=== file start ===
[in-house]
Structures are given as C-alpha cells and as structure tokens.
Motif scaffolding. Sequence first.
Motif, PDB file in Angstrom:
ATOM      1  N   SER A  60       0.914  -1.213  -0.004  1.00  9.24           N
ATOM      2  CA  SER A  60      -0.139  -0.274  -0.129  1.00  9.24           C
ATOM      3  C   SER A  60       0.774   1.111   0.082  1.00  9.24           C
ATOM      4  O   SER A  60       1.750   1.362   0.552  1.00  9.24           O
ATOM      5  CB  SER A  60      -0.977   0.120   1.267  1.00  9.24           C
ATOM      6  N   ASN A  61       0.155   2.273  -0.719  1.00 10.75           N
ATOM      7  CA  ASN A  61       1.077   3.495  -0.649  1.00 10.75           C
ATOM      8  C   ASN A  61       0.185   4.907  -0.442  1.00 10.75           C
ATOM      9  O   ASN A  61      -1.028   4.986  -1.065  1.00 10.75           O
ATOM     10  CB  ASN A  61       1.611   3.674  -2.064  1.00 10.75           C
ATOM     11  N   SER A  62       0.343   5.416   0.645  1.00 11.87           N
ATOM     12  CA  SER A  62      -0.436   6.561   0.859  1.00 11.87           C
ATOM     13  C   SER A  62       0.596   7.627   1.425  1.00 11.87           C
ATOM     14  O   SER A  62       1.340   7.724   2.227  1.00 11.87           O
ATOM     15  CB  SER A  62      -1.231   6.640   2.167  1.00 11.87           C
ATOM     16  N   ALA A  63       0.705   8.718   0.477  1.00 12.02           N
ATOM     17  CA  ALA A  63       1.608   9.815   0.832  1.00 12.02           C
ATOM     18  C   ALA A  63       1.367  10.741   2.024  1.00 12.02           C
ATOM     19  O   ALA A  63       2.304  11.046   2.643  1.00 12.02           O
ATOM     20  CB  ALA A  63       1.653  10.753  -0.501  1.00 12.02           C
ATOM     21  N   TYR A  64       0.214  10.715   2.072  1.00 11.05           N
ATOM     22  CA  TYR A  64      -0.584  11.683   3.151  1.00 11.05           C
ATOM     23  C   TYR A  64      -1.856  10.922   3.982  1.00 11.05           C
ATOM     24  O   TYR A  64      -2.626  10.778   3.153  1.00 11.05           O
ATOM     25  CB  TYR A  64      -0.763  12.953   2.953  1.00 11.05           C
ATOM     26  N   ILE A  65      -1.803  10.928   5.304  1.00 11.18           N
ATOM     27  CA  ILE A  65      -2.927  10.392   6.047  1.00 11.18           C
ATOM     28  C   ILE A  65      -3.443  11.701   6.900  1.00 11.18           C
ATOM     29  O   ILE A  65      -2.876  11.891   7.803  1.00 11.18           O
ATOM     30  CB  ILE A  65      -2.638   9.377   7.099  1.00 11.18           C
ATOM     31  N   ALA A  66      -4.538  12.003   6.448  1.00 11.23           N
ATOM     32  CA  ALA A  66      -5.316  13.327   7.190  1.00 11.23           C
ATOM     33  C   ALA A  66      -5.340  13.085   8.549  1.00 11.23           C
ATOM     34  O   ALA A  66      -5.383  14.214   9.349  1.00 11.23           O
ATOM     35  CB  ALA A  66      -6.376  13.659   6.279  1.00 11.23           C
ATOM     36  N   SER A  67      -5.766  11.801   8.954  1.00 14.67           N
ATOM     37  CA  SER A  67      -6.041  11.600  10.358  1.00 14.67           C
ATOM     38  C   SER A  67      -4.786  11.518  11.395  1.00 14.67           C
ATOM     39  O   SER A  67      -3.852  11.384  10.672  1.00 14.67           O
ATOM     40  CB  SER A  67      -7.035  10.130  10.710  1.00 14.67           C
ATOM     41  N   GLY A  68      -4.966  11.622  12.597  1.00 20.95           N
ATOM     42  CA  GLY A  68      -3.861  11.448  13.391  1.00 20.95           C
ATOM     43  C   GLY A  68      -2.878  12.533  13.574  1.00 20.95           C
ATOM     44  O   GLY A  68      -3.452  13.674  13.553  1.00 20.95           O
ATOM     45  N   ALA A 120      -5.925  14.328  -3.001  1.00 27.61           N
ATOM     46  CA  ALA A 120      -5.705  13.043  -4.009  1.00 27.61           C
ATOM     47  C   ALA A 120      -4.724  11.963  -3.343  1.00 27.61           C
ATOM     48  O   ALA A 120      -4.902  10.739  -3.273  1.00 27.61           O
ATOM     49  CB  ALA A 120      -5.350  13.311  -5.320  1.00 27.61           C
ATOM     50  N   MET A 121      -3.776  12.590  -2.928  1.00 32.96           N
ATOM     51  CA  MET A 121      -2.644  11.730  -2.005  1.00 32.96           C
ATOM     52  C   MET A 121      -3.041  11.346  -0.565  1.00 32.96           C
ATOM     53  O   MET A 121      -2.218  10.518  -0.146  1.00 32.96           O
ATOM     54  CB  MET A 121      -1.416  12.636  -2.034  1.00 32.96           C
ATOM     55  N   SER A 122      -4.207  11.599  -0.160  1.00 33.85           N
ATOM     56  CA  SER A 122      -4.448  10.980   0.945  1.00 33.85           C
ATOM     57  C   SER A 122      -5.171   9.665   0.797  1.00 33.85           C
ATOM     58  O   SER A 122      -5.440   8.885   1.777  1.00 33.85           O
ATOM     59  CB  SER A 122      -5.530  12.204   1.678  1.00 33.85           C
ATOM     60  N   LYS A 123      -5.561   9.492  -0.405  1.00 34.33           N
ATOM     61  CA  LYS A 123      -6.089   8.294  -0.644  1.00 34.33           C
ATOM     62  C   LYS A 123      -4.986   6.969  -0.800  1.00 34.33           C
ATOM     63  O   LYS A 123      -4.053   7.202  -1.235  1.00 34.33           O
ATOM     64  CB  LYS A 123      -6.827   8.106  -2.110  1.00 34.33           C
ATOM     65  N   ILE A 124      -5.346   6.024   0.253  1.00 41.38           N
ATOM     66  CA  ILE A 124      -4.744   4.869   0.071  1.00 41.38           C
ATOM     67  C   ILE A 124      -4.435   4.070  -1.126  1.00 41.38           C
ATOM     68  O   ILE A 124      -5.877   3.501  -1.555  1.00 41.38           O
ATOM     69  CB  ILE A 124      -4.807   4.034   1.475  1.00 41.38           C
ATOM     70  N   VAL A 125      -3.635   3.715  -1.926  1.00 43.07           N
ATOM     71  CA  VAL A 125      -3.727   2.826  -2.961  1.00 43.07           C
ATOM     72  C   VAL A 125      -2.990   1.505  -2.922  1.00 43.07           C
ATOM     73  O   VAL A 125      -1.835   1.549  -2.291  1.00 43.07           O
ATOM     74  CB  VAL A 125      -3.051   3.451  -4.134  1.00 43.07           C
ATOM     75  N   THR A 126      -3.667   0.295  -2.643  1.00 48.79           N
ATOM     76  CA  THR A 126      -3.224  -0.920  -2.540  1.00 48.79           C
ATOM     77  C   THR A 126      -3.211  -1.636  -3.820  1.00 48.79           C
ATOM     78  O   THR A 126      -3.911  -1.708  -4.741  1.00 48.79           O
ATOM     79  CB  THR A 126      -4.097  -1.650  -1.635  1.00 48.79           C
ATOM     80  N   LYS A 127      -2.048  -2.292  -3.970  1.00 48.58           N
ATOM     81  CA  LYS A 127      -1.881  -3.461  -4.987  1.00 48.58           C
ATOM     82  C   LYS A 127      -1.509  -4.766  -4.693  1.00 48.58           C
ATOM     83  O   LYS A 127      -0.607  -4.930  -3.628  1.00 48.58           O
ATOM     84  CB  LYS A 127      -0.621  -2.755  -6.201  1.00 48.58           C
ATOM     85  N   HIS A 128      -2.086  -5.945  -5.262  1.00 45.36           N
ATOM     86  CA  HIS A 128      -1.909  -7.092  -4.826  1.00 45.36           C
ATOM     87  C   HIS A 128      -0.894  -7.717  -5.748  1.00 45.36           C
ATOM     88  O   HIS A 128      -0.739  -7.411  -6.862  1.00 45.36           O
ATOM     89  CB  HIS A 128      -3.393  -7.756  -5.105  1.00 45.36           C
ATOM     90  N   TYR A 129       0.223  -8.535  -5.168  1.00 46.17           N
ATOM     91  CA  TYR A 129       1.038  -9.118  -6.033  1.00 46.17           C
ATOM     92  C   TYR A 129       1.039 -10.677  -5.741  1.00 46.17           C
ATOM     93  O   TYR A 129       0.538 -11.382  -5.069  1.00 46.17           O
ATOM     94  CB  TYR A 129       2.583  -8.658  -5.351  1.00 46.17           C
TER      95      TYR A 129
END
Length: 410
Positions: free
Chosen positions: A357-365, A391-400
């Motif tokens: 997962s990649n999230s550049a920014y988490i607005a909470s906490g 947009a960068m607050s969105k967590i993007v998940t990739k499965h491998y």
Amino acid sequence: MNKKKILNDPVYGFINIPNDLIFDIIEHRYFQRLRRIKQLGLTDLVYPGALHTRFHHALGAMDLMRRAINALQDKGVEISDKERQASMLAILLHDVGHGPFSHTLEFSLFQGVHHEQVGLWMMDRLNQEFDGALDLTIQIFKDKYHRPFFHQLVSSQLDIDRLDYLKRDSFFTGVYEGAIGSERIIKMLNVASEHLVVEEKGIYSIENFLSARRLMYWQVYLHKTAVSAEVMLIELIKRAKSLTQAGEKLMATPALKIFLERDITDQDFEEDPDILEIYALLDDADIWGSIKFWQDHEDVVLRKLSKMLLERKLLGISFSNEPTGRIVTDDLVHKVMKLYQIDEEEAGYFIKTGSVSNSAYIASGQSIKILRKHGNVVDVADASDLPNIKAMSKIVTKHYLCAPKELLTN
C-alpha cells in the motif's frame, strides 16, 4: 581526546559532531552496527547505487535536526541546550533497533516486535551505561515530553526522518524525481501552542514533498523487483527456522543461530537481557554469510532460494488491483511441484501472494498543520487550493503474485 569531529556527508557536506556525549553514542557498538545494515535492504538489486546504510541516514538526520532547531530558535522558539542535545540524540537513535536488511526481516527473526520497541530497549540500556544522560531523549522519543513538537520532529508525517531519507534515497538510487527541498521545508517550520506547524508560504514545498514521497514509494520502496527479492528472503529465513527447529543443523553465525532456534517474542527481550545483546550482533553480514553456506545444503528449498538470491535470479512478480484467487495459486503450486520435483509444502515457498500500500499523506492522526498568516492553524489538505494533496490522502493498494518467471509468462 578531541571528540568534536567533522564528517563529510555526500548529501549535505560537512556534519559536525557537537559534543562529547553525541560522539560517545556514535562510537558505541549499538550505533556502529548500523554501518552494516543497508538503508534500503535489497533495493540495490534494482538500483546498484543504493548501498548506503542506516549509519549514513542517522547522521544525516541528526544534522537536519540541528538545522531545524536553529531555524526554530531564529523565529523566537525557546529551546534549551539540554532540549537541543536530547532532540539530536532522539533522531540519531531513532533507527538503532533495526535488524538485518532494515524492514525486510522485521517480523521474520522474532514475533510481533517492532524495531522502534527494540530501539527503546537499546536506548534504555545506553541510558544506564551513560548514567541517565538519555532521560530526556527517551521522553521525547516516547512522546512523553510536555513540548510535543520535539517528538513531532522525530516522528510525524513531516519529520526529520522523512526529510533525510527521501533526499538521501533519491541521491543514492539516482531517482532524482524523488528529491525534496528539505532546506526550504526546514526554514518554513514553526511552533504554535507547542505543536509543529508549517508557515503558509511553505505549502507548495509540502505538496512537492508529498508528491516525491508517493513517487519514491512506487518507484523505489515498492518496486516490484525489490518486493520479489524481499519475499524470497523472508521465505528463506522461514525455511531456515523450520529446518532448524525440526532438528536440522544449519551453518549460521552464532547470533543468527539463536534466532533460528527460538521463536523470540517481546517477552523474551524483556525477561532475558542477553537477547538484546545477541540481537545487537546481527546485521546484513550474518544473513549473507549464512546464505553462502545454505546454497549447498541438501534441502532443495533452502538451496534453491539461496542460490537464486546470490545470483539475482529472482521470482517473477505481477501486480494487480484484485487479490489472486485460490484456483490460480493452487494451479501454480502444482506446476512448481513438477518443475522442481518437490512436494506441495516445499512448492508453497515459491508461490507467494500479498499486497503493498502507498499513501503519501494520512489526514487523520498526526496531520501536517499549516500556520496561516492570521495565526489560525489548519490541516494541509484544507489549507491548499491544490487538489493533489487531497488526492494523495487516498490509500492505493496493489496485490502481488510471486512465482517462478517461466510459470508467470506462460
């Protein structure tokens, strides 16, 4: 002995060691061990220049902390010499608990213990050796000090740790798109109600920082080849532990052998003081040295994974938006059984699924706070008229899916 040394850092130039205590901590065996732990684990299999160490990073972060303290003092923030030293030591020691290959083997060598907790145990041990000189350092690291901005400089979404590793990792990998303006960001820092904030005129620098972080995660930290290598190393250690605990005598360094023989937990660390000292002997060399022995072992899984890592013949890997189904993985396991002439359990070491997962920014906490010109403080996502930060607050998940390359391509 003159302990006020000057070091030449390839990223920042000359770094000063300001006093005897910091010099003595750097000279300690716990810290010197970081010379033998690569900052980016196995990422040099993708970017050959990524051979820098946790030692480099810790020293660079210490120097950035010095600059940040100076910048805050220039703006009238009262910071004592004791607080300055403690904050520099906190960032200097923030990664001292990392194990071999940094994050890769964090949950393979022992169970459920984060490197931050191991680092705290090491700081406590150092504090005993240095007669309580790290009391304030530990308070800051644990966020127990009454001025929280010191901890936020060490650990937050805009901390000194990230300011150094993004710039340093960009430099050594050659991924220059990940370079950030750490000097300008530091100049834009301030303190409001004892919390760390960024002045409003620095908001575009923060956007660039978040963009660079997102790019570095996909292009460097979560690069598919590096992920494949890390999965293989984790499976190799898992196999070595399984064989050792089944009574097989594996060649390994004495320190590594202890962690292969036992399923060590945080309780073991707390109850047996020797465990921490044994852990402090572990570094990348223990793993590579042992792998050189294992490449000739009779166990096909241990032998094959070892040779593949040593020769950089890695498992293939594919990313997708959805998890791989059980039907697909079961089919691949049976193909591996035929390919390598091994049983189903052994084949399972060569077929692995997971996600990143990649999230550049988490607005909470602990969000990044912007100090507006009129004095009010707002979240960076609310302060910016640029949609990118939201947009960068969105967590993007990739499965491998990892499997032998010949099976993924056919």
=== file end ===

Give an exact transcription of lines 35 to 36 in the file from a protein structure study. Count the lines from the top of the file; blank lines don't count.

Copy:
ATOM     31  N   ALA A  66      -4.538  12.003   6.448  1.00 11.23           N
ATOM     32  CA  ALA A  66      -5.316  13.327   7.190  1.00 11.23           C